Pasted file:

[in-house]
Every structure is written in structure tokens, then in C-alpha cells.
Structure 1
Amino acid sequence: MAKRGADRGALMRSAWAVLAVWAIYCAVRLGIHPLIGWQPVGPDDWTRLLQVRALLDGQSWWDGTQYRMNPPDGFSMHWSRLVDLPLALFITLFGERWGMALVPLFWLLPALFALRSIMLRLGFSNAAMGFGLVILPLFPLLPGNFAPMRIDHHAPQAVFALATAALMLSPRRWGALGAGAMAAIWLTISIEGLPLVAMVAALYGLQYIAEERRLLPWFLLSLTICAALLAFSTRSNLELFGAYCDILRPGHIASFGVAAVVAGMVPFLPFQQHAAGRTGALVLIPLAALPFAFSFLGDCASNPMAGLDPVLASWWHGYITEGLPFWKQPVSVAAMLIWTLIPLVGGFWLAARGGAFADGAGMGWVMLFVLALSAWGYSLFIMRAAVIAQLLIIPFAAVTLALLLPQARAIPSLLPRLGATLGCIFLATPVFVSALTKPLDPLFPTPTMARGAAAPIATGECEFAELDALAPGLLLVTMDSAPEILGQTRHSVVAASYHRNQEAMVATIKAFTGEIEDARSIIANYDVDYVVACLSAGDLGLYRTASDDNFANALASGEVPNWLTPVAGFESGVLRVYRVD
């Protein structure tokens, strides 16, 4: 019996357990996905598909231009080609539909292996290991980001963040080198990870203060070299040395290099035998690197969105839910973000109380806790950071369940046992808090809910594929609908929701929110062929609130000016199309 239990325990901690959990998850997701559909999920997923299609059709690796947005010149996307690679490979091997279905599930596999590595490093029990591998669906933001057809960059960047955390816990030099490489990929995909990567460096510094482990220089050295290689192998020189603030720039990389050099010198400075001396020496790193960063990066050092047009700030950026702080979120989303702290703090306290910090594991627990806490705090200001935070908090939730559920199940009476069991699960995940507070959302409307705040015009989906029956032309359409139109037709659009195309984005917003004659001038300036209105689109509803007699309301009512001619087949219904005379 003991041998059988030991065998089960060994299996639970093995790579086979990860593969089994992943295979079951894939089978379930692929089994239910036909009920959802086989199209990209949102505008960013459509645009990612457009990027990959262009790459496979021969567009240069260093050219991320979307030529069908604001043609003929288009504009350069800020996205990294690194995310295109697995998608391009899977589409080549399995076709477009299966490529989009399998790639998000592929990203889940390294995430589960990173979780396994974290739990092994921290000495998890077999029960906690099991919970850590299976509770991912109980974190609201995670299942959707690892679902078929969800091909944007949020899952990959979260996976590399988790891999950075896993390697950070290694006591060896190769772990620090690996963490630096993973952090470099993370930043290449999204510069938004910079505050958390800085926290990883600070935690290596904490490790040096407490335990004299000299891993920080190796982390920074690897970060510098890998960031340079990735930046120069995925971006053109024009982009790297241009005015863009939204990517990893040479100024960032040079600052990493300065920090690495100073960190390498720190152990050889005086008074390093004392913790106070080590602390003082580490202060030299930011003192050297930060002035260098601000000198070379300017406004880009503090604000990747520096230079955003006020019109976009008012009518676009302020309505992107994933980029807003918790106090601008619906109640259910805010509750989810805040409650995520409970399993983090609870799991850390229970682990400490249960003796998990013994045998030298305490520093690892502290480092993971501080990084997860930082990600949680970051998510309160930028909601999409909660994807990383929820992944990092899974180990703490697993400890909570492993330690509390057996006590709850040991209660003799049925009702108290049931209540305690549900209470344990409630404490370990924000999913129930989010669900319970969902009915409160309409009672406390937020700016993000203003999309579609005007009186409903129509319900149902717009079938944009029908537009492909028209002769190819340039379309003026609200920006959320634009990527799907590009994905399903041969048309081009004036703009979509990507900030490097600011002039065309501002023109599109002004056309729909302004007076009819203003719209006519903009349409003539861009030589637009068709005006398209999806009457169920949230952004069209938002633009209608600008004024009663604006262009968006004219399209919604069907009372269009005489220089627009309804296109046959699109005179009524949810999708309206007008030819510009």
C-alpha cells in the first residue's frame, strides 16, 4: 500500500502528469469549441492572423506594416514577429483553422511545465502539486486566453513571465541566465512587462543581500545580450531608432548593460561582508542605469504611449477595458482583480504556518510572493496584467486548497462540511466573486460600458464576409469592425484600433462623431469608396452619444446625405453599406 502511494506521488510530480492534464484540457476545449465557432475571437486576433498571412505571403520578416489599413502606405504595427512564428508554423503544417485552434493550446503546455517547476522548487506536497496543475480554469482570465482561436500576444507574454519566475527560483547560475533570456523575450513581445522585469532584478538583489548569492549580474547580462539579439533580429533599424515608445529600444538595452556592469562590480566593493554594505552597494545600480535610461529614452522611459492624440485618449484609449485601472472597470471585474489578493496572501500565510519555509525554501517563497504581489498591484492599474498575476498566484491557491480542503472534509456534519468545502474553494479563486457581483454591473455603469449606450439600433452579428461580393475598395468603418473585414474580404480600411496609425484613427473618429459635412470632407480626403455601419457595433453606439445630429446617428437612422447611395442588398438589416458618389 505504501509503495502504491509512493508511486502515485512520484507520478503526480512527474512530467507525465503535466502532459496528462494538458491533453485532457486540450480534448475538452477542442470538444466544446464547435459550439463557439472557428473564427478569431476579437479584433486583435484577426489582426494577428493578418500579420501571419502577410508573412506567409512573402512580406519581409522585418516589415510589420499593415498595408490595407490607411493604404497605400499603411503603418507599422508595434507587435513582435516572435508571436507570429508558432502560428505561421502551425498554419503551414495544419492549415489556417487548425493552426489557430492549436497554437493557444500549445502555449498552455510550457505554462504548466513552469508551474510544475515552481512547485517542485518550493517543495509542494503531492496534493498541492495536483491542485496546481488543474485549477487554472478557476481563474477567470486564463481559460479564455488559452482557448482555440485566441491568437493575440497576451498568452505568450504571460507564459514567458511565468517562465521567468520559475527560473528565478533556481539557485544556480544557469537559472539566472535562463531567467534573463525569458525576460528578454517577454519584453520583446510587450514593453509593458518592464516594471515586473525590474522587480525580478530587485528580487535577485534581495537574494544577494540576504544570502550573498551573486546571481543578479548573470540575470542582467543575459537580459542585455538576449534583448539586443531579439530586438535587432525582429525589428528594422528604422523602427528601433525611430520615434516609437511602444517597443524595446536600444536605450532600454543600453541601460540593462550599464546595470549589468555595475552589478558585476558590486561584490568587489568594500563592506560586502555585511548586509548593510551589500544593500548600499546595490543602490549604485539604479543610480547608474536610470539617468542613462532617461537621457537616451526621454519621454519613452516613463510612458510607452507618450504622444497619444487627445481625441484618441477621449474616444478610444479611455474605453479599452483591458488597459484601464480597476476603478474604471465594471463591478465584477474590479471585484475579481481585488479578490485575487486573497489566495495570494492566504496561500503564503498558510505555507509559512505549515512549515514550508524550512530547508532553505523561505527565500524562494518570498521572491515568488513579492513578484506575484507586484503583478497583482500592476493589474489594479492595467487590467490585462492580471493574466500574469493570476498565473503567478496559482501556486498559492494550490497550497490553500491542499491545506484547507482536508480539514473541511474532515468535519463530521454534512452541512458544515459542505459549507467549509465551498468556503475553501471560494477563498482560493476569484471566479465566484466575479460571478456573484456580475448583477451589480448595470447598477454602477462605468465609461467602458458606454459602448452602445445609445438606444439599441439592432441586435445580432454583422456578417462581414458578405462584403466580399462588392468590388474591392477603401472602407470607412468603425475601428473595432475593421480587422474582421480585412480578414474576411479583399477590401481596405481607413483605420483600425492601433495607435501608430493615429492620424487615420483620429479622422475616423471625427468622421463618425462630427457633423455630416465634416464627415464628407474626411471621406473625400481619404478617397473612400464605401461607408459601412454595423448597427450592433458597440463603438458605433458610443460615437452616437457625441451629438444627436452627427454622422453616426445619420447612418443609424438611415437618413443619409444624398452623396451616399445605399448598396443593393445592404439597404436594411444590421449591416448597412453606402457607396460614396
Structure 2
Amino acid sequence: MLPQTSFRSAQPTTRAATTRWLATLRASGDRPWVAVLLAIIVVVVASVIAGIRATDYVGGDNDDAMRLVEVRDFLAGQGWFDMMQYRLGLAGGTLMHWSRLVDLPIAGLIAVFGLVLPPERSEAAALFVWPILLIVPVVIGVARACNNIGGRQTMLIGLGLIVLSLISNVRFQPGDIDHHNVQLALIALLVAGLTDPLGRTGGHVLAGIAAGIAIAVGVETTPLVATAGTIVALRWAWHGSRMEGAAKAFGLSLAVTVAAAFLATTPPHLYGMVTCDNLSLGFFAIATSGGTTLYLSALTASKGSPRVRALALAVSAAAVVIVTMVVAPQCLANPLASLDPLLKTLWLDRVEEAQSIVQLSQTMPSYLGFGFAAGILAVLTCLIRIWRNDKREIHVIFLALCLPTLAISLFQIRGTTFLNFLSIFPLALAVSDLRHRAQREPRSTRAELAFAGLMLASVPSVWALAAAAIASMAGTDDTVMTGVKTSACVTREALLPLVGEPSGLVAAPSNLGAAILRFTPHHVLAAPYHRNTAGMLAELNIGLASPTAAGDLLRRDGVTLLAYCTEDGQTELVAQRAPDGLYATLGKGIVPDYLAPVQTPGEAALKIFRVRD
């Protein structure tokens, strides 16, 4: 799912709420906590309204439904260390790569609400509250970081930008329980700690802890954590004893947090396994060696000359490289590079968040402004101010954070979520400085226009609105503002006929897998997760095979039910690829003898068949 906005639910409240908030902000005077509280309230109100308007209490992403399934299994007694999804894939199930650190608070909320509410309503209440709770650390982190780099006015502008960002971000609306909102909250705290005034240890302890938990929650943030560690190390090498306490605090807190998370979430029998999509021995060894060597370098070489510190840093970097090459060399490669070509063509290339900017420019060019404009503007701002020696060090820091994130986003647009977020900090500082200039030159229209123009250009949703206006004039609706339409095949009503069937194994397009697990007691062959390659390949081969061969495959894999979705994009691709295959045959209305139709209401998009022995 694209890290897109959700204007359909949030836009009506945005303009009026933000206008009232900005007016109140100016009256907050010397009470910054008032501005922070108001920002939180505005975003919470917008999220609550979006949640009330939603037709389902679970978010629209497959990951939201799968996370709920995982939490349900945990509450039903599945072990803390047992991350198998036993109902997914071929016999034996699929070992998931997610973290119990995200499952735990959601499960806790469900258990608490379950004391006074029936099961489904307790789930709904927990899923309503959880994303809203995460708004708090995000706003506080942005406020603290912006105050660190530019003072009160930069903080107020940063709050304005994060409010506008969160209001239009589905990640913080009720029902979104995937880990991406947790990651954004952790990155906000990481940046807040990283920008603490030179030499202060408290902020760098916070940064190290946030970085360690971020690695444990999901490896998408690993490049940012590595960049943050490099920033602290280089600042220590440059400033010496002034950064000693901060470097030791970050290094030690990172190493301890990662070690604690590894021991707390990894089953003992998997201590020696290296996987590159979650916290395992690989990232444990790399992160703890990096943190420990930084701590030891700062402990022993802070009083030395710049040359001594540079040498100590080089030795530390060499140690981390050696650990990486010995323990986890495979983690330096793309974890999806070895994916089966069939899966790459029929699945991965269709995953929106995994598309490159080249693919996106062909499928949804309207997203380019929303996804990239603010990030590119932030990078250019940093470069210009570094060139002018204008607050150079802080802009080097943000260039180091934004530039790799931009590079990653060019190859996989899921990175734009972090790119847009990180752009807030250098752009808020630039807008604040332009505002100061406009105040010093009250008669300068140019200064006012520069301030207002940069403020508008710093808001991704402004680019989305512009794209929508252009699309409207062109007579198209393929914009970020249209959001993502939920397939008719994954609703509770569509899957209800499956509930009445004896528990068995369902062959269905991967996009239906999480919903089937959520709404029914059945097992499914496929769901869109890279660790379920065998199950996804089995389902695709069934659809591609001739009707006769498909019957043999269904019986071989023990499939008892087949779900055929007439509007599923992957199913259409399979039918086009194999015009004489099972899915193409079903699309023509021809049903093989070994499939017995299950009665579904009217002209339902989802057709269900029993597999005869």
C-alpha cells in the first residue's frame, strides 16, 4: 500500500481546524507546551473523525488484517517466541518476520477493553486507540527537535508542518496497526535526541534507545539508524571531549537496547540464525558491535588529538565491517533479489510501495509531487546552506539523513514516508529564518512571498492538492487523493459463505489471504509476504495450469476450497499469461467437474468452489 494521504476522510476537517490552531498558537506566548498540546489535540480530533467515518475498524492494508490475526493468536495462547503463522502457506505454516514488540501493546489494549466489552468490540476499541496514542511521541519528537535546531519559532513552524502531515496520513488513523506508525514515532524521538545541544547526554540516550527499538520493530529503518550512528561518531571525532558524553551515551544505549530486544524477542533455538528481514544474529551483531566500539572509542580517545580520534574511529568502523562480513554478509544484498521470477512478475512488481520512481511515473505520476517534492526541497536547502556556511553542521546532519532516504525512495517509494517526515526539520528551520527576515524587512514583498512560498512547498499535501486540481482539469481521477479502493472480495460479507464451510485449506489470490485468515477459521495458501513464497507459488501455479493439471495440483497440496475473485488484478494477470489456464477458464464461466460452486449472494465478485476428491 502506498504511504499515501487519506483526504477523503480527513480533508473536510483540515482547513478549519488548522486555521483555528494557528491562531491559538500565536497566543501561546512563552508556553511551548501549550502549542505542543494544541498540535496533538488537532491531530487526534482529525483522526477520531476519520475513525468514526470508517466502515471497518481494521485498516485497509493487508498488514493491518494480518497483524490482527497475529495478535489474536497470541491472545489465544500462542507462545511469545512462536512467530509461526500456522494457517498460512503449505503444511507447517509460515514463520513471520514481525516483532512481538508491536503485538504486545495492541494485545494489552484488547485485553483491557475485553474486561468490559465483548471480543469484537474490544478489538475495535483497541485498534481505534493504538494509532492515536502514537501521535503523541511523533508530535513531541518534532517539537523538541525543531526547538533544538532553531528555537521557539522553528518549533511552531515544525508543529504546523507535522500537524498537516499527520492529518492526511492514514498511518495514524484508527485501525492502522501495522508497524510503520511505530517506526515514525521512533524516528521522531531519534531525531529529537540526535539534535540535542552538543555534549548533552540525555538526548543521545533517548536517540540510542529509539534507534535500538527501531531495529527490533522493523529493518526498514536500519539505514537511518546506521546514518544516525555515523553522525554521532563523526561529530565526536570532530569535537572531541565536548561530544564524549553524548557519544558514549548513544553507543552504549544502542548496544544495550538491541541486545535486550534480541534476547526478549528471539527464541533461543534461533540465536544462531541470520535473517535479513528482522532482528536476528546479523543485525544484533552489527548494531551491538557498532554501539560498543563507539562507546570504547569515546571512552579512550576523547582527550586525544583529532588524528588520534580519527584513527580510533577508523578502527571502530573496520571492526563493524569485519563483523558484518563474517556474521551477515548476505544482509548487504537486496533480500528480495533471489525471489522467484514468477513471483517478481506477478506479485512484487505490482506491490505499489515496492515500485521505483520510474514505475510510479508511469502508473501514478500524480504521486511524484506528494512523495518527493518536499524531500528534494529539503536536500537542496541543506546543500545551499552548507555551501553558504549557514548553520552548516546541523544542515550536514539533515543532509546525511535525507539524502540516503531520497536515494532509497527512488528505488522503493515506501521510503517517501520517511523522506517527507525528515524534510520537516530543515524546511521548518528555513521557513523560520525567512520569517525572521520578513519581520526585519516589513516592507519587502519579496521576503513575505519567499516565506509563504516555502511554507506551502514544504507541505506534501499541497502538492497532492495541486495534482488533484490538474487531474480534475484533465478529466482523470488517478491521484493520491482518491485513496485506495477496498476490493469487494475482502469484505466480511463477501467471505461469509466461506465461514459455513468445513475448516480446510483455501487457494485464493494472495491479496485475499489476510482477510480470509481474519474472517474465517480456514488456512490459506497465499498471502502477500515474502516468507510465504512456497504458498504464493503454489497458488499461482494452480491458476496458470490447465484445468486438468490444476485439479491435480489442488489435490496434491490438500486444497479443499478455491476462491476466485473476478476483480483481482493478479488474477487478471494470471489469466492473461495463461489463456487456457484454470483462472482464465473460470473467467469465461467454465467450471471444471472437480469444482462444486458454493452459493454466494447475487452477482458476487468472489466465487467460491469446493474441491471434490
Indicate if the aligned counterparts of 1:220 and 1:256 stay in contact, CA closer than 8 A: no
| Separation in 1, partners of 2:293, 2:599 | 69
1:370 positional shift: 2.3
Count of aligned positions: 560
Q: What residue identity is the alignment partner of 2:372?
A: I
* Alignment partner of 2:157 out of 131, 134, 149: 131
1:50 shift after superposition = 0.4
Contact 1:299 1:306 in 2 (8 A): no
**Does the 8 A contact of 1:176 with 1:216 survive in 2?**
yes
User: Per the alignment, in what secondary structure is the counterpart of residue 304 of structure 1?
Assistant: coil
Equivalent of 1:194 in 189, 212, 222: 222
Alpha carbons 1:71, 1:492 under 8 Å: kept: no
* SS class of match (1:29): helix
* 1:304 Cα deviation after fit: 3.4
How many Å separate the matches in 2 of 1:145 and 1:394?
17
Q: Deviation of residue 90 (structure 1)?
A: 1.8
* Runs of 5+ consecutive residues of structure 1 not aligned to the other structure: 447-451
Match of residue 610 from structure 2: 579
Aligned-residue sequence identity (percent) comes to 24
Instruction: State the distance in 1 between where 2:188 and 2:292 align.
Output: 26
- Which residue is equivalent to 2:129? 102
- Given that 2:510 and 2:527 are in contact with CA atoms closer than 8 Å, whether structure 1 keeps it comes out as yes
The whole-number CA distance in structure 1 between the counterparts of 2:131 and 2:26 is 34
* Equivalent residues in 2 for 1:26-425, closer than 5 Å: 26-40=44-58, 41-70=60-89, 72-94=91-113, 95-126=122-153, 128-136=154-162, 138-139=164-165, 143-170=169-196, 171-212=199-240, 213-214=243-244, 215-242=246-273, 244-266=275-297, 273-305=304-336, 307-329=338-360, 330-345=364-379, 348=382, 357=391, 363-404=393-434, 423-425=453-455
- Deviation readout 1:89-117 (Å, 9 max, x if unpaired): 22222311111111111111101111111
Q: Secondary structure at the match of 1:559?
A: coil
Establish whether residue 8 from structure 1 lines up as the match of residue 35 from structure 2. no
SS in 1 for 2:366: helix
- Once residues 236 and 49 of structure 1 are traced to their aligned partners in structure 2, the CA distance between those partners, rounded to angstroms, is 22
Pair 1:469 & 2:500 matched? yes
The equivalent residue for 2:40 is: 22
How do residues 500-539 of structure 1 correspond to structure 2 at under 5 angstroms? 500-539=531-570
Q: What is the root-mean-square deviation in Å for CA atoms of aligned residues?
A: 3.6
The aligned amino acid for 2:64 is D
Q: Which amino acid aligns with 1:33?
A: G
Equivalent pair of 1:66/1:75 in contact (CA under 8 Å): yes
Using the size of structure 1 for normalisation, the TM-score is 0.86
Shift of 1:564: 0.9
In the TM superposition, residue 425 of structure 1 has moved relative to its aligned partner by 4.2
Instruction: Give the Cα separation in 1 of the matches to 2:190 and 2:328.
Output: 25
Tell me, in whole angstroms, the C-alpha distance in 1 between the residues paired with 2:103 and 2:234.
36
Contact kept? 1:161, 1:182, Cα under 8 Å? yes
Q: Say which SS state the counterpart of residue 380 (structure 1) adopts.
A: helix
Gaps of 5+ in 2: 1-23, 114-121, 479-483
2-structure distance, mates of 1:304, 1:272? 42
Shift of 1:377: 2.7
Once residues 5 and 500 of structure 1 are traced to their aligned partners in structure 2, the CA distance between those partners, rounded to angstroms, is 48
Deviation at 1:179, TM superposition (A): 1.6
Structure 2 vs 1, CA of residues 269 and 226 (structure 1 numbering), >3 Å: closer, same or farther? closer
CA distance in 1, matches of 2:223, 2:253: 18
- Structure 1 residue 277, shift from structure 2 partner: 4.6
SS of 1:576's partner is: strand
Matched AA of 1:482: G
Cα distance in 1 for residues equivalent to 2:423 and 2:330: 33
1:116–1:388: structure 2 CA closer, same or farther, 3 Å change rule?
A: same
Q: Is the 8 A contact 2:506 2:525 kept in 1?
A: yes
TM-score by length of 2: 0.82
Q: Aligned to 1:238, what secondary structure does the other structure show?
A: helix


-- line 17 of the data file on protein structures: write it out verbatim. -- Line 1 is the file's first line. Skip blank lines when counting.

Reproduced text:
* Alignment partner of 2:157 out of 131, 134, 149: 131